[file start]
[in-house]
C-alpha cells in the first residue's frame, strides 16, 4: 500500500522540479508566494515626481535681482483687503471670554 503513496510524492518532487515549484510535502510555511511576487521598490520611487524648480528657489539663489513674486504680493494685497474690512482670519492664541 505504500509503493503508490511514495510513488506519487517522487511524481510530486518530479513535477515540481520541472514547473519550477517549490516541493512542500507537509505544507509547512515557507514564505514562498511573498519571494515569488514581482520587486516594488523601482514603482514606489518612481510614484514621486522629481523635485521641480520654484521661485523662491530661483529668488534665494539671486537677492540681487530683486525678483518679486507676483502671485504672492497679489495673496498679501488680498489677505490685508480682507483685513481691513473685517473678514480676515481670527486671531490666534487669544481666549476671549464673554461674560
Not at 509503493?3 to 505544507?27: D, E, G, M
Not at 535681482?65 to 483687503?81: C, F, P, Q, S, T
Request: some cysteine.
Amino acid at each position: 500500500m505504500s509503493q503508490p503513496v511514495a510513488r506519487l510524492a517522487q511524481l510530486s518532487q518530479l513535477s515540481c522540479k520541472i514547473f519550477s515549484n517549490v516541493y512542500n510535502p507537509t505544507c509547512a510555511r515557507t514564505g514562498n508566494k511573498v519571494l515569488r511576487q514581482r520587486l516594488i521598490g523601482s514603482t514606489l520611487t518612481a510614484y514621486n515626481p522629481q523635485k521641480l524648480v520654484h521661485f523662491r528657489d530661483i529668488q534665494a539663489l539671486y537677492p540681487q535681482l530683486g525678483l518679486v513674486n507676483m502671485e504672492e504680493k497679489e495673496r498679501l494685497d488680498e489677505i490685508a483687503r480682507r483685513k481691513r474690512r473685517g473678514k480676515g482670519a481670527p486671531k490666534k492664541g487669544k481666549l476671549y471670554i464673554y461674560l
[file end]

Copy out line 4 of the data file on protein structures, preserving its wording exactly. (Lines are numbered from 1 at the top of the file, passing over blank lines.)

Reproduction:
Not at 535681482?65 to 483687503?81: C, F, P, Q, S, T